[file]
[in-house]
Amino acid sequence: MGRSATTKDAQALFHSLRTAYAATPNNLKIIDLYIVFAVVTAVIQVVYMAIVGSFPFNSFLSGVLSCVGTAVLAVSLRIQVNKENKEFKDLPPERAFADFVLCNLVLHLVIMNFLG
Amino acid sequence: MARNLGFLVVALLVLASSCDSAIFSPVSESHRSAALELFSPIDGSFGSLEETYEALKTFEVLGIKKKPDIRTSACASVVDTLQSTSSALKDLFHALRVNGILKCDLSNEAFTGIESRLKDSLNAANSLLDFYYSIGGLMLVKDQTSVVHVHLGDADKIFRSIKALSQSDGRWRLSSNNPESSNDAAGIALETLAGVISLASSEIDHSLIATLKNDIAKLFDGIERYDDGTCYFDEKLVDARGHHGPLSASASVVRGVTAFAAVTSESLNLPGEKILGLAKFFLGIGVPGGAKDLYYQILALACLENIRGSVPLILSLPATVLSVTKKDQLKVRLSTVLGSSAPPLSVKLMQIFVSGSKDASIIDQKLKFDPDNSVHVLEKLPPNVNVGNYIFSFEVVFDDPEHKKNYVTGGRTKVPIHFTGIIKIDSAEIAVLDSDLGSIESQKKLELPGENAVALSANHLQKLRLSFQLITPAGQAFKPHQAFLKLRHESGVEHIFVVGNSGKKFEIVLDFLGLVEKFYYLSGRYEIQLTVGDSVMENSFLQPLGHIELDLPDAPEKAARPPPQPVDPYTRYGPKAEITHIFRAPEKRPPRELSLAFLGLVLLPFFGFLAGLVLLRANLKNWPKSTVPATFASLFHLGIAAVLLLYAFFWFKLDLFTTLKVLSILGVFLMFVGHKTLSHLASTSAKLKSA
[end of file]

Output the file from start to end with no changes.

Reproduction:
[in-house]
Amino acid sequence: MGRSATTKDAQALFHSLRTAYAATPNNLKIIDLYIVFAVVTAVIQVVYMAIVGSFPFNSFLSGVLSCVGTAVLAVSLRIQVNKENKEFKDLPPERAFADFVLCNLVLHLVIMNFLG
Amino acid sequence: MARNLGFLVVALLVLASSCDSAIFSPVSESHRSAALELFSPIDGSFGSLEETYEALKTFEVLGIKKKPDIRTSACASVVDTLQSTSSALKDLFHALRVNGILKCDLSNEAFTGIESRLKDSLNAANSLLDFYYSIGGLMLVKDQTSVVHVHLGDADKIFRSIKALSQSDGRWRLSSNNPESSNDAAGIALETLAGVISLASSEIDHSLIATLKNDIAKLFDGIERYDDGTCYFDEKLVDARGHHGPLSASASVVRGVTAFAAVTSESLNLPGEKILGLAKFFLGIGVPGGAKDLYYQILALACLENIRGSVPLILSLPATVLSVTKKDQLKVRLSTVLGSSAPPLSVKLMQIFVSGSKDASIIDQKLKFDPDNSVHVLEKLPPNVNVGNYIFSFEVVFDDPEHKKNYVTGGRTKVPIHFTGIIKIDSAEIAVLDSDLGSIESQKKLELPGENAVALSANHLQKLRLSFQLITPAGQAFKPHQAFLKLRHESGVEHIFVVGNSGKKFEIVLDFLGLVEKFYYLSGRYEIQLTVGDSVMENSFLQPLGHIELDLPDAPEKAARPPPQPVDPYTRYGPKAEITHIFRAPEKRPPRELSLAFLGLVLLPFFGFLAGLVLLRANLKNWPKSTVPATFASLFHLGIAAVLLLYAFFWFKLDLFTTLKVLSILGVFLMFVGHKTLSHLASTSAKLKSA